Whether you’re playing rock, blues, or metal, stacking overdrive pedals is an easy way to amp up your dirty tones. Stacking pedals creates a dynamic, harmonically rich sound that you can tweak in so many ways — and by using different pedals in your stacks, you can create practically limitless sounds.
However, before you start stacking pedals it’s important to know how to control your pedals for a focused drive tone. Pay attention to these tips to get the best results from your stacked overdrive pedals.
What is Stacking?
In the guitar world, “stacking” refers to placing two similar pedals back-to-back on your pedalboard. It’s most commonly used with drive pedals and delay pedals, which produce stronger, unique sounds when fed into each other. You’ll find players stacking pedals in almost every genre, but rock, punk, metal, and alternative musicians in particular enjoy stacking.
Stacking is an easy way to discover new sounds without purchasing additional pedals. It also gives you more control over your drive sound, as you have two EQ sections you can adjust to change your tone.
The first thing you’ll need to pay attention to are the gain levels in your different overdrive pedals. Placing multiple drive pedals together will add a lot more gain to your final tone, so it’s important not to overdo it when picking the pedals you want to stack.
Lower-gain overdrives also offer a bit more versatility, so you can go from “clean boost” sounds to light breakup and classic rock crunch. With pedals stacked together, you can turn those light gain tones into harder, more aggressive sounds for rock and punk.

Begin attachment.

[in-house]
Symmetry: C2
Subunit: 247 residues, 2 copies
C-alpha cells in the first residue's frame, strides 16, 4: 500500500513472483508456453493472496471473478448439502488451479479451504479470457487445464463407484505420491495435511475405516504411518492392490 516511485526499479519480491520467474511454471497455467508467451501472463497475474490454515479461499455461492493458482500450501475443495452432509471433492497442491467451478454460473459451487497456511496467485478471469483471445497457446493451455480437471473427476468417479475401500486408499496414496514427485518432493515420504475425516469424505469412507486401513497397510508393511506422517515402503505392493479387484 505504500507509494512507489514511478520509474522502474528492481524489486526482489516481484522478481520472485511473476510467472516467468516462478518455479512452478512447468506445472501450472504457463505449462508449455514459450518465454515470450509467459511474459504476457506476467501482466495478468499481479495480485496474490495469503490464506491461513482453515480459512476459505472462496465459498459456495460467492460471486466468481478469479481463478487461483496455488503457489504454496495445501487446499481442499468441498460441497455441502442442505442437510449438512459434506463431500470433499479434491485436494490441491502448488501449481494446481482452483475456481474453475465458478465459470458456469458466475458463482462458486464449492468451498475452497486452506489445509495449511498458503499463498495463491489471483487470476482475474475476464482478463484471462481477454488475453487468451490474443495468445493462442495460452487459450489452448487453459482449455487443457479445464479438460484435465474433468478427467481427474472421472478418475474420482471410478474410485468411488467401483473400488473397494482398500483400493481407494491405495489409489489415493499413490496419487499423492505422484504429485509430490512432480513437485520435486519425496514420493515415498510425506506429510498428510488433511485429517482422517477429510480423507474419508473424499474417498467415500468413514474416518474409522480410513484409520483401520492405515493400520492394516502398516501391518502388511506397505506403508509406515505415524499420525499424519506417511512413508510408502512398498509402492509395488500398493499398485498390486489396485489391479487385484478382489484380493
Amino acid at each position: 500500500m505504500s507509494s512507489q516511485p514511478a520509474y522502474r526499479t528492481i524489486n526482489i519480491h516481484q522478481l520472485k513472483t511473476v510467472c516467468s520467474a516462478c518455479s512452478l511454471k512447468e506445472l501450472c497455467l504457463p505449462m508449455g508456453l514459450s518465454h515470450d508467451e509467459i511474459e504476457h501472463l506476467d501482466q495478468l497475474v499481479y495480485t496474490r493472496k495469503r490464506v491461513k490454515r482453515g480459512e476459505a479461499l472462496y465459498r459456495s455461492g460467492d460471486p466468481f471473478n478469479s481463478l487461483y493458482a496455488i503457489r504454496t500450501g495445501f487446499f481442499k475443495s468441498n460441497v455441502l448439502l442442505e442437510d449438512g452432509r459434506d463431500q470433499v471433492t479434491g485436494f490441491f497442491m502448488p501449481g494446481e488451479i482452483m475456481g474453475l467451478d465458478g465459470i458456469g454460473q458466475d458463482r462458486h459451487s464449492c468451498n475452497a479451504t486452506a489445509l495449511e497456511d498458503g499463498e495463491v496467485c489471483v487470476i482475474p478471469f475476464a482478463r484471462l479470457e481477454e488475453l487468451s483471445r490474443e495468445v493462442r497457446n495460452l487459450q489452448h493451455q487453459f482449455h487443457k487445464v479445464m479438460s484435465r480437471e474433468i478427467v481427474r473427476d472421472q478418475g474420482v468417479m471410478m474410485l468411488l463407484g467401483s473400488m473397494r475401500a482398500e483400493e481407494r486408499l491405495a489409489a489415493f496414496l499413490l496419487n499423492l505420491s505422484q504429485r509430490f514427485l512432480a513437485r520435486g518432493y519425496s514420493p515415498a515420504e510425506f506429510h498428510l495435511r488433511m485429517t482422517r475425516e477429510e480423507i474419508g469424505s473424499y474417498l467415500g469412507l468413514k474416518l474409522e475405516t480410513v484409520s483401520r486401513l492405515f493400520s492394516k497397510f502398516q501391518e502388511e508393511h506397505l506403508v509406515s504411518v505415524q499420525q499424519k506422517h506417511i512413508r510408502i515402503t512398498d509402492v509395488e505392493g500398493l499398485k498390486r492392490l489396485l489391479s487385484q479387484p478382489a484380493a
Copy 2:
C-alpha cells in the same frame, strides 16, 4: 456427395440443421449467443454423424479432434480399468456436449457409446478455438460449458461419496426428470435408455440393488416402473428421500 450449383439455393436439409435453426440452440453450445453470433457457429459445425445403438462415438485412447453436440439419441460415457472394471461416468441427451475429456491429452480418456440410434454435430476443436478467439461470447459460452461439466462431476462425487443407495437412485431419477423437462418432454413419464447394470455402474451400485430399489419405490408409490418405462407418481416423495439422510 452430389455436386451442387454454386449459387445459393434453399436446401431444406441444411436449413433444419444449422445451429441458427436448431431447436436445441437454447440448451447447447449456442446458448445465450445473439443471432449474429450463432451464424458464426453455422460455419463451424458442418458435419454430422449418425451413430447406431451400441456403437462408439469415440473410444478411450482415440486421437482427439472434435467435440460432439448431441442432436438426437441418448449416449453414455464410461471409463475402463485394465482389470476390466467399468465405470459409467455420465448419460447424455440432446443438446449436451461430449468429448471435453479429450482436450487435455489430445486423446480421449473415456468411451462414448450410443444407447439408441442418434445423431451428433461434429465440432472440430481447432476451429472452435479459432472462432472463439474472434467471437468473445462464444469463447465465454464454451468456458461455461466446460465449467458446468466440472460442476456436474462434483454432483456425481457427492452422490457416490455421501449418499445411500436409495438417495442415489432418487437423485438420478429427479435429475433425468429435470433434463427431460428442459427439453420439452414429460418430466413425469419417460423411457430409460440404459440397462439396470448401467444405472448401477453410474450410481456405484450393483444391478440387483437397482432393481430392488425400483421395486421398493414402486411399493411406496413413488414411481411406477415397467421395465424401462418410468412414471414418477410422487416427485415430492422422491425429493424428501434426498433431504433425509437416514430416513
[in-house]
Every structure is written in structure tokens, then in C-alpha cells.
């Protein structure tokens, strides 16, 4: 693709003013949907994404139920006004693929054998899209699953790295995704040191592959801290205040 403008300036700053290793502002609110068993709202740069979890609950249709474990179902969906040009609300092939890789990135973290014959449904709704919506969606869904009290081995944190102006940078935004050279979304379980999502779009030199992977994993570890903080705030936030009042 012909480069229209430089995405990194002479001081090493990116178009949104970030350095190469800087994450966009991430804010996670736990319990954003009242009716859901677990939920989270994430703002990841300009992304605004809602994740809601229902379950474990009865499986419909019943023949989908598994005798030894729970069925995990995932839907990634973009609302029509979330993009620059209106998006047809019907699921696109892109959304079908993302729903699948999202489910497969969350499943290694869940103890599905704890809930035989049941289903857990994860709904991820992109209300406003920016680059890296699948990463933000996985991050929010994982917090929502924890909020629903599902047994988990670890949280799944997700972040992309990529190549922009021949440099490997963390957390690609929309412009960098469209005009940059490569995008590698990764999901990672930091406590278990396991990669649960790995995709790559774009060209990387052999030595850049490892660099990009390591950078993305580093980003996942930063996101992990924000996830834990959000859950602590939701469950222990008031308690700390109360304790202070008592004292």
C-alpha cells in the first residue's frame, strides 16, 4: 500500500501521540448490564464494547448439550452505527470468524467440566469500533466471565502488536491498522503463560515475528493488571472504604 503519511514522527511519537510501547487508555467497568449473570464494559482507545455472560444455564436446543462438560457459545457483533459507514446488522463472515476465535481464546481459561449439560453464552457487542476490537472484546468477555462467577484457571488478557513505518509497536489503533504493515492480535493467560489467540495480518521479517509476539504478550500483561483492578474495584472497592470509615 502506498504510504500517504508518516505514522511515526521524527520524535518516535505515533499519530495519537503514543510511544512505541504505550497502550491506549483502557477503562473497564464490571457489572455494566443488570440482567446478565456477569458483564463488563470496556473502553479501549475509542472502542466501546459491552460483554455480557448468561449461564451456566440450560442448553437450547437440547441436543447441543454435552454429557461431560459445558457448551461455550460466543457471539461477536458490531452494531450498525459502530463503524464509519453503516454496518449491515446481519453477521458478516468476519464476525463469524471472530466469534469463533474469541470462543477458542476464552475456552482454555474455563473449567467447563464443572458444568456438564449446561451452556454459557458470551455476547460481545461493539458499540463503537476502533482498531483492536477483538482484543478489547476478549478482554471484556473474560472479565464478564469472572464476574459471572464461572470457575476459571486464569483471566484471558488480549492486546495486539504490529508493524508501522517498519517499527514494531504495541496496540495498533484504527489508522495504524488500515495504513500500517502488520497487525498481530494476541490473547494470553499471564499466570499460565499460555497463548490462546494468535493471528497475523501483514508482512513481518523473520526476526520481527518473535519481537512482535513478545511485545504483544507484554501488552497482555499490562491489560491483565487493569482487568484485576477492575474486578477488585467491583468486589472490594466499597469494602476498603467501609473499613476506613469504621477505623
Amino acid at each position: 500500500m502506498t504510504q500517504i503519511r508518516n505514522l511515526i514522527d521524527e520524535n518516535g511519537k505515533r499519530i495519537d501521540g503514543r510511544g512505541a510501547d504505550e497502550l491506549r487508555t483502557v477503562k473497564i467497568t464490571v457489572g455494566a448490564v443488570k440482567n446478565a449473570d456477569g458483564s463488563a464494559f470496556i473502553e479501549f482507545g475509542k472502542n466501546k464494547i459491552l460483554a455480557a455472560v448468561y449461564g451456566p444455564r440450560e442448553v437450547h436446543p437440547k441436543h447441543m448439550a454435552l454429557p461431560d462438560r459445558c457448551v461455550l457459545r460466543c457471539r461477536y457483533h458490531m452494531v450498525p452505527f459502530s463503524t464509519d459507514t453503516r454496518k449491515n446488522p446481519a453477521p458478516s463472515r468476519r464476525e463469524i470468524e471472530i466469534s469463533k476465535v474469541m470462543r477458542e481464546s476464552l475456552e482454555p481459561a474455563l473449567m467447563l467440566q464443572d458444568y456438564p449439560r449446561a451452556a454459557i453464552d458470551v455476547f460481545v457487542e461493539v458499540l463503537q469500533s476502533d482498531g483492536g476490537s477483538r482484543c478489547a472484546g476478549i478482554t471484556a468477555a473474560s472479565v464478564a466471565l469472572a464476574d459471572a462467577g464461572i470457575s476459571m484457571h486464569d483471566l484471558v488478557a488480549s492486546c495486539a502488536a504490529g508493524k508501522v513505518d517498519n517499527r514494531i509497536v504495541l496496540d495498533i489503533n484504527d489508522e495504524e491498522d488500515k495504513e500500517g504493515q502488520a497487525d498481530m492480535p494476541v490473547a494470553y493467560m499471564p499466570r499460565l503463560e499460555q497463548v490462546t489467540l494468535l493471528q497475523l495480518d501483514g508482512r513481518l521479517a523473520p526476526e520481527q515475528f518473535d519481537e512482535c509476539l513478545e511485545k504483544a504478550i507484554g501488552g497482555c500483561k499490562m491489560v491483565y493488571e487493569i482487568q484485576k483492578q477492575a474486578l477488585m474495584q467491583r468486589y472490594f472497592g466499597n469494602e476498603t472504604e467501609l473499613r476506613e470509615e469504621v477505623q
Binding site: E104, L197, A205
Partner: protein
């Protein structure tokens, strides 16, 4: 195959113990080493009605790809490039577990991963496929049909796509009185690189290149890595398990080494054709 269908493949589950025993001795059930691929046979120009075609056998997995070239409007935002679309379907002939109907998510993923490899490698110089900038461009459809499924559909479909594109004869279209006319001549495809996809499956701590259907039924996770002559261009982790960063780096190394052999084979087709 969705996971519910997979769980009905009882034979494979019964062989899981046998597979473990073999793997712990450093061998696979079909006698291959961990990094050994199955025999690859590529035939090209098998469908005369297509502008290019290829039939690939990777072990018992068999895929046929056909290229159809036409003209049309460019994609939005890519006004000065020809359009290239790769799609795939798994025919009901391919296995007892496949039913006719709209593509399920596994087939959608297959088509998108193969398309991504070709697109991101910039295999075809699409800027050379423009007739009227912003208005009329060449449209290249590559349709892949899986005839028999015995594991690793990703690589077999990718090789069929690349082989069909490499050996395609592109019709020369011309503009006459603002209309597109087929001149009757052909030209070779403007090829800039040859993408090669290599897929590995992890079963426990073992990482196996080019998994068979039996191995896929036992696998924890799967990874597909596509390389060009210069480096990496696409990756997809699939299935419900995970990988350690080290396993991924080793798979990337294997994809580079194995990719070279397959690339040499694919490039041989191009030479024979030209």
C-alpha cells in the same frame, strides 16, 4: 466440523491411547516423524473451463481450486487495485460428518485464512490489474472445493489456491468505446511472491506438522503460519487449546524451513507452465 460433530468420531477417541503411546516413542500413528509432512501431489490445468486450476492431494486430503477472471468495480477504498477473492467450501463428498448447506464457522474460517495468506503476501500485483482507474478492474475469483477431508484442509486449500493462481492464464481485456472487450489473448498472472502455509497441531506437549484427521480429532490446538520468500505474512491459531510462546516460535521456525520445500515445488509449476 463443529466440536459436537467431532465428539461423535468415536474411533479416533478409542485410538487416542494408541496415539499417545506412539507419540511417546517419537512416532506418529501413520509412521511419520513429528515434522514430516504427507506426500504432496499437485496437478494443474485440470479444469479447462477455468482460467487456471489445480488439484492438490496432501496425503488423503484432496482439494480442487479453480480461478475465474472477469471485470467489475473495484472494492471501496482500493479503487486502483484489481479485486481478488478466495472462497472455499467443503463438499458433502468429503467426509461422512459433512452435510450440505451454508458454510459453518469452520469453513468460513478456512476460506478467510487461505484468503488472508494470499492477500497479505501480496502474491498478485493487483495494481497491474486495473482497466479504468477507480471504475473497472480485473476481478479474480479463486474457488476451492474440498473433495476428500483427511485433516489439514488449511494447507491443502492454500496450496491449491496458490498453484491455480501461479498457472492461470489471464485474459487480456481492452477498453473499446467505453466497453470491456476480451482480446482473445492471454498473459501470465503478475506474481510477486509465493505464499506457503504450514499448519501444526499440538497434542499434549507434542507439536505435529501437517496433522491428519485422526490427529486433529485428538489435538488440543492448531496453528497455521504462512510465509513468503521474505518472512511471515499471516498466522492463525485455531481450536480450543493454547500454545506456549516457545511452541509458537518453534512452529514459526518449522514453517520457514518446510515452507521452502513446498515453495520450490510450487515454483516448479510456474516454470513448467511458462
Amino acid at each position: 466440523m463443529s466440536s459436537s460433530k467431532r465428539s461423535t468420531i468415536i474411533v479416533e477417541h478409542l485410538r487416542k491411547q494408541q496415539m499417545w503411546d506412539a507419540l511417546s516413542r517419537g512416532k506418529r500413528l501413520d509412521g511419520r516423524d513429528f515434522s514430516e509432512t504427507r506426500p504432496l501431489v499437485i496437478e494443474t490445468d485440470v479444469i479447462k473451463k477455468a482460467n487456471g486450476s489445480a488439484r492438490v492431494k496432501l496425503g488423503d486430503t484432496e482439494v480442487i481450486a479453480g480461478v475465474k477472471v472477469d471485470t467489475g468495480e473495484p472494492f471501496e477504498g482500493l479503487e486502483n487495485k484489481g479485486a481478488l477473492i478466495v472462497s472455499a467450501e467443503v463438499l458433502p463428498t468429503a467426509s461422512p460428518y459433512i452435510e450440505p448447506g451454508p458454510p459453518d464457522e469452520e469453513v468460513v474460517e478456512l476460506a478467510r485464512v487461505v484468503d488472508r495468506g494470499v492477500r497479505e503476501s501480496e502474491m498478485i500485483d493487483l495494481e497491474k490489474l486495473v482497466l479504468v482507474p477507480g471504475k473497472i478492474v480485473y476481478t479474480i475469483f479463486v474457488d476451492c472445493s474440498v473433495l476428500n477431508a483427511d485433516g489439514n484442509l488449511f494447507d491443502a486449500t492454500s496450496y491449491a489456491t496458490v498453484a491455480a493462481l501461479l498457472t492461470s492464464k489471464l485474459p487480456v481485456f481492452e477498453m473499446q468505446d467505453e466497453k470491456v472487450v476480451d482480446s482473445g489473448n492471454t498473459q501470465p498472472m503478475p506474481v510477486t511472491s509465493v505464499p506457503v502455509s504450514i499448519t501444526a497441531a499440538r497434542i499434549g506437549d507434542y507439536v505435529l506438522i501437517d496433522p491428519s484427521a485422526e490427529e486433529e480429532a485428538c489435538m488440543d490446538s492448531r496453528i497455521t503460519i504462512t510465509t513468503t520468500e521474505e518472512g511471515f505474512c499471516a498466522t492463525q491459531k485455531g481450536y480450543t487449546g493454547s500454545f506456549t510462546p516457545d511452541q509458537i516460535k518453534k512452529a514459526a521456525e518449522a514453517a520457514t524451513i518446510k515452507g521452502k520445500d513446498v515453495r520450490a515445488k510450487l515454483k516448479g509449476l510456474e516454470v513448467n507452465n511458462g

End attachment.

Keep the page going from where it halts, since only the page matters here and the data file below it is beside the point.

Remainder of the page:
If you want more gain, you might want to consider stacking multiple distortion or fuzz pedals instead. You can adjust those pedals to offer more gain for blasted-out distortion or grinding “velcro” fuzz tones.
Transparent vs. Colored
It’s also important to know whether your overdrive pedals are transparent or colored. The final drive pedal in your stack will determine most of the sound of your drive. If you want a sound like your amp, think about a transparent drive. Otherwise, a colored overdrive will impose its own unique EQ signature.
Try tweaking the EQ on each pedal that you stack to see how it affects the final sound. You can also add more volume to the first pedal in the chain. This won’t increase the overall volume of your rig, but it will make your signal hit the second pedal harder. This translates into more gain at the end and carries through some of the color of the first overdrive into the second.
Signal Chain Placement
Finally, take a look at your signal chain and evaluate where to put your drive pedals. Most players use them at the front of their pedalboard so they don’t get delay, reverb, and other effects creating wash in their drive sound.
You might also want to put an EQ pedal after your stack of overdrives. This strategy gives you a quick way to boost any frequencies you might want to accent, or cut a certain frequency that’s drowning out others. When you’re on stage or in the studio, it’s the perfect tool to correct any unexpected issues.
If you’re looking for dynamic overdrive tones with gritty saturation, stacking overdrive pedals is the way to go. Remember the tips we’ve explained here, and you’ll discover an extremely useful technique that’s versatile enough for all genres.